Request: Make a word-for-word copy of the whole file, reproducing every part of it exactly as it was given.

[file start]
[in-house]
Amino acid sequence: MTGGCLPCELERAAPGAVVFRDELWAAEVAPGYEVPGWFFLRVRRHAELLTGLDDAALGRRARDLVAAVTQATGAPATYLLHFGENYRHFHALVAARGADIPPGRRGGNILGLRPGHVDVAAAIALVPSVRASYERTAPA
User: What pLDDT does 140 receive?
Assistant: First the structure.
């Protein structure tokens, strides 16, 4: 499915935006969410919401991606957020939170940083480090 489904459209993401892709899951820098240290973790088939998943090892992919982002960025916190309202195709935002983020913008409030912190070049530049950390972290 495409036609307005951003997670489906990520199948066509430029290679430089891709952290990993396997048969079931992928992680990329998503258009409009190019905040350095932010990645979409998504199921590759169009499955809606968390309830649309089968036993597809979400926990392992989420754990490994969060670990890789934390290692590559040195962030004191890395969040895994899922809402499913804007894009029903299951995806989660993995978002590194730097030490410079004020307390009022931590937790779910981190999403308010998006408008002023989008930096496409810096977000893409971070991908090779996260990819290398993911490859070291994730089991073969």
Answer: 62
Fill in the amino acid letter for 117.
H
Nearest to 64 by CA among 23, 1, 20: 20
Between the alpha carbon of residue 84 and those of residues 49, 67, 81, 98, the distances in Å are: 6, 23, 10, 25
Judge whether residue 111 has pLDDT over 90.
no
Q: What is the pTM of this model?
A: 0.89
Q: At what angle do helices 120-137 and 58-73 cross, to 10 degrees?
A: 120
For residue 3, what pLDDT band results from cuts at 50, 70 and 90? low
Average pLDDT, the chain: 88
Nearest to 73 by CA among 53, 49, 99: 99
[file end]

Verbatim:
[in-house]
Amino acid sequence: MTGGCLPCELERAAPGAVVFRDELWAAEVAPGYEVPGWFFLRVRRHAELLTGLDDAALGRRARDLVAAVTQATGAPATYLLHFGENYRHFHALVAARGADIPPGRRGGNILGLRPGHVDVAAAIALVPSVRASYERTAPA
User: What pLDDT does 140 receive?
Assistant: First the structure.
């Protein structure tokens, strides 16, 4: 499915935006969410919401991606957020939170940083480090 489904459209993401892709899951820098240290973790088939998943090892992919982002960025916190309202195709935002983020913008409030912190070049530049950390972290 495409036609307005951003997670489906990520199948066509430029290679430089891709952290990993396997048969079931992928992680990329998503258009409009190019905040350095932010990645979409998504199921590759169009499955809606968390309830649309089968036993597809979400926990392992989420754990490994969060670990890789934390290692590559040195962030004191890395969040895994899922809402499913804007894009029903299951995806989660993995978002590194730097030490410079004020307390009022931590937790779910981190999403308010998006408008002023989008930096496409810096977000893409971070991908090779996260990819290398993911490859070291994730089991073969």
Answer: 62
Fill in the amino acid letter for 117.
H
Nearest to 64 by CA among 23, 1, 20: 20
Between the alpha carbon of residue 84 and those of residues 49, 67, 81, 98, the distances in Å are: 6, 23, 10, 25
Judge whether residue 111 has pLDDT over 90.
no
Q: What is the pTM of this model?
A: 0.89
Q: At what angle do helices 120-137 and 58-73 cross, to 10 degrees?
A: 120
For residue 3, what pLDDT band results from cuts at 50, 70 and 90? low
Average pLDDT, the chain: 88
Nearest to 73 by CA among 53, 49, 99: 99